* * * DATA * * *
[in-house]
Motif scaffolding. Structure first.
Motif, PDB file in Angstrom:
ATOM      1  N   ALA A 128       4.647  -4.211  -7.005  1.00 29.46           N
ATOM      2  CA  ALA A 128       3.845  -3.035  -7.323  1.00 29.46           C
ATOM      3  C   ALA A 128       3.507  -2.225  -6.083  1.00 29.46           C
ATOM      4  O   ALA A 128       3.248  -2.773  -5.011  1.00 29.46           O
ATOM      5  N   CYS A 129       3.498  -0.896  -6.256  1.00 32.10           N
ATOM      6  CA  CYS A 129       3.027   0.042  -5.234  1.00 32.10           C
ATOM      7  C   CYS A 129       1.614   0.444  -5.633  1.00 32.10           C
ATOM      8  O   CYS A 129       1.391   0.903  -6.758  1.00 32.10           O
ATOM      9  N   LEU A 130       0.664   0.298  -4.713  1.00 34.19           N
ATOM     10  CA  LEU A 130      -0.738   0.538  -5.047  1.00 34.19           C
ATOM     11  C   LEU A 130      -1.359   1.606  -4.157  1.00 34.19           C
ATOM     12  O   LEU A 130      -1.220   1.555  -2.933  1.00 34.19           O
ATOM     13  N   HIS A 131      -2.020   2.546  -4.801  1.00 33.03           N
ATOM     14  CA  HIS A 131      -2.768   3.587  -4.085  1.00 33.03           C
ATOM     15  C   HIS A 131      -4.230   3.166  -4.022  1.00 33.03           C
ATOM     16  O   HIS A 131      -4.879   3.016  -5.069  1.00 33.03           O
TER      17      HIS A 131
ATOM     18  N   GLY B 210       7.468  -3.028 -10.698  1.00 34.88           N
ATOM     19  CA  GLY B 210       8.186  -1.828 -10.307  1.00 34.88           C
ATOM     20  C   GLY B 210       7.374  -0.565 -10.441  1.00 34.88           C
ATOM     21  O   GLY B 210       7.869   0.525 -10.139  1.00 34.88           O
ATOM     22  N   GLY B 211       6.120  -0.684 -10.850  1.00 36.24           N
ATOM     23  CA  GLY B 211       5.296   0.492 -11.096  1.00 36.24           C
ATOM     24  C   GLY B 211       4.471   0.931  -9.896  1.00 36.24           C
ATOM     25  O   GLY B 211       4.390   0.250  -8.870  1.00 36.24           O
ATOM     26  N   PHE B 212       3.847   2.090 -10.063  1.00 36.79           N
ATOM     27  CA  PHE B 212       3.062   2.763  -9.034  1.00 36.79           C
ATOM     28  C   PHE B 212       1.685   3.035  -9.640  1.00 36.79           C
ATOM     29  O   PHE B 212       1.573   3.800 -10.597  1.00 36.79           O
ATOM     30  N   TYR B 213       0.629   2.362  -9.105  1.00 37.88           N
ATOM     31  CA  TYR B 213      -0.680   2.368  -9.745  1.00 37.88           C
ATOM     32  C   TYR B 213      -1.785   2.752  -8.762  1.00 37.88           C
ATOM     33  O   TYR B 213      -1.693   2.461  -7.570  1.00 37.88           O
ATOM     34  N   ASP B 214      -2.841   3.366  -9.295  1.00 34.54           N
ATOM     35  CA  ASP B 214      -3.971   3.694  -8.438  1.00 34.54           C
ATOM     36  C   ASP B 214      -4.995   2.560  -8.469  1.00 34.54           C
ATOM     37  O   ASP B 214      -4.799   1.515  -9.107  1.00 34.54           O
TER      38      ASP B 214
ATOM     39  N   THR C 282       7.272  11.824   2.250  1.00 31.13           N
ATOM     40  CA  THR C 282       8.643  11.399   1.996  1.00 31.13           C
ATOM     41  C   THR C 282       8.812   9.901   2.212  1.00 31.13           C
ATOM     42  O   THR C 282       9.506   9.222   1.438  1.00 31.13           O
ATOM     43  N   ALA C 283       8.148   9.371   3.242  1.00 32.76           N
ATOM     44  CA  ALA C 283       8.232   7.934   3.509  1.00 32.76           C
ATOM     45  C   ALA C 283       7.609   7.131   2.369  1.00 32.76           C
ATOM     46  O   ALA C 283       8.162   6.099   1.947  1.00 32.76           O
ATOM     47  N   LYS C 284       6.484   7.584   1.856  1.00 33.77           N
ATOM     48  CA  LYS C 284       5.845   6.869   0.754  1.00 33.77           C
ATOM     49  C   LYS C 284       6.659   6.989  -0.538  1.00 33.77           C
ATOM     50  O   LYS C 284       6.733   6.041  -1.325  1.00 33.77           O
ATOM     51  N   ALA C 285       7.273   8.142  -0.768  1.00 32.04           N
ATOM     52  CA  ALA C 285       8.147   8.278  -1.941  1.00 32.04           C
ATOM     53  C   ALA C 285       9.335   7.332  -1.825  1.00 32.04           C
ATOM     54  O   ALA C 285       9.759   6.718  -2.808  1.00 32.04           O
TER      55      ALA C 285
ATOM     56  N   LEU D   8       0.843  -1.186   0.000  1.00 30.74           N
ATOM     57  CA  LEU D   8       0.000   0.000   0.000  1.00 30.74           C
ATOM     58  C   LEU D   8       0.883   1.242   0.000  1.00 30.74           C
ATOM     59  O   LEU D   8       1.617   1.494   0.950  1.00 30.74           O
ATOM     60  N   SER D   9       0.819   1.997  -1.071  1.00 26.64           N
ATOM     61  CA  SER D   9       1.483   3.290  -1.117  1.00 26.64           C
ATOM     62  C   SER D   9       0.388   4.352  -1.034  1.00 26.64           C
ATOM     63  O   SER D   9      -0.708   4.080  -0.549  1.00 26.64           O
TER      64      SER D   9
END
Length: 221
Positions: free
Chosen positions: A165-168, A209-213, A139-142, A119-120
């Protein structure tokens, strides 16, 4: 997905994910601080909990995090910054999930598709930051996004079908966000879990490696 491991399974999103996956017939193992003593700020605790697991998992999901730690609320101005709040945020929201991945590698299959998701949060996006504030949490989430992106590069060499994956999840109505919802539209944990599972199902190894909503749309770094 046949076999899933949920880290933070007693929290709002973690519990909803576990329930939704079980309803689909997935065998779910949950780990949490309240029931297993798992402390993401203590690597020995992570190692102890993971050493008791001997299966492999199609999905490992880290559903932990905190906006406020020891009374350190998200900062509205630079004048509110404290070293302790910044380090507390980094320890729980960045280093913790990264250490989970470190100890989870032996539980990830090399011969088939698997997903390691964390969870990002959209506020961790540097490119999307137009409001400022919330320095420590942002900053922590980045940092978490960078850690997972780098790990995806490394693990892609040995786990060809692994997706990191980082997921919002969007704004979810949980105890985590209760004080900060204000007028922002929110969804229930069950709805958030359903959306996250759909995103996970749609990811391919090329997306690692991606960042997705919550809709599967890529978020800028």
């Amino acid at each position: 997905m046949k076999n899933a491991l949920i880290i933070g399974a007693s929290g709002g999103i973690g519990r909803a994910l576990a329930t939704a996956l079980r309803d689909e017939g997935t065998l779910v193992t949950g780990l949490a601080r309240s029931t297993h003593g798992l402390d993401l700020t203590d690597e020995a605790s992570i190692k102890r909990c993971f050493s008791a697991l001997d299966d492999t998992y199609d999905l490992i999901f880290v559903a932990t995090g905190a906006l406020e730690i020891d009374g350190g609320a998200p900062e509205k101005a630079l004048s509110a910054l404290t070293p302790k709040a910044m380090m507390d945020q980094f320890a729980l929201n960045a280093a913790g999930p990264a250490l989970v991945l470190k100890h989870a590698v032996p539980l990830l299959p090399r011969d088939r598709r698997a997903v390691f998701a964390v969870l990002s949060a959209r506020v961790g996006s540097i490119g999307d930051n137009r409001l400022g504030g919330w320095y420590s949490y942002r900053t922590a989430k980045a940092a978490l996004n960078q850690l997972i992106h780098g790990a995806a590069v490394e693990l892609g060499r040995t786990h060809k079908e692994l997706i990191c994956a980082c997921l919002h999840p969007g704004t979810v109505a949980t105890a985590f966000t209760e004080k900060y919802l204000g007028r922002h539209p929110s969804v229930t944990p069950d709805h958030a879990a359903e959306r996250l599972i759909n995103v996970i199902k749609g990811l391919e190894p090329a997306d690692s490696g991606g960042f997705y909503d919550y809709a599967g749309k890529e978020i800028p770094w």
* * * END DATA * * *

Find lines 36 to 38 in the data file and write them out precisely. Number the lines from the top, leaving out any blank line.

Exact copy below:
ATOM     33  O   TYR B 213      -1.693   2.461  -7.570  1.00 37.88           O
ATOM     34  N   ASP B 214      -2.841   3.366  -9.295  1.00 34.54           N
ATOM     35  CA  ASP B 214      -3.971   3.694  -8.438  1.00 34.54           C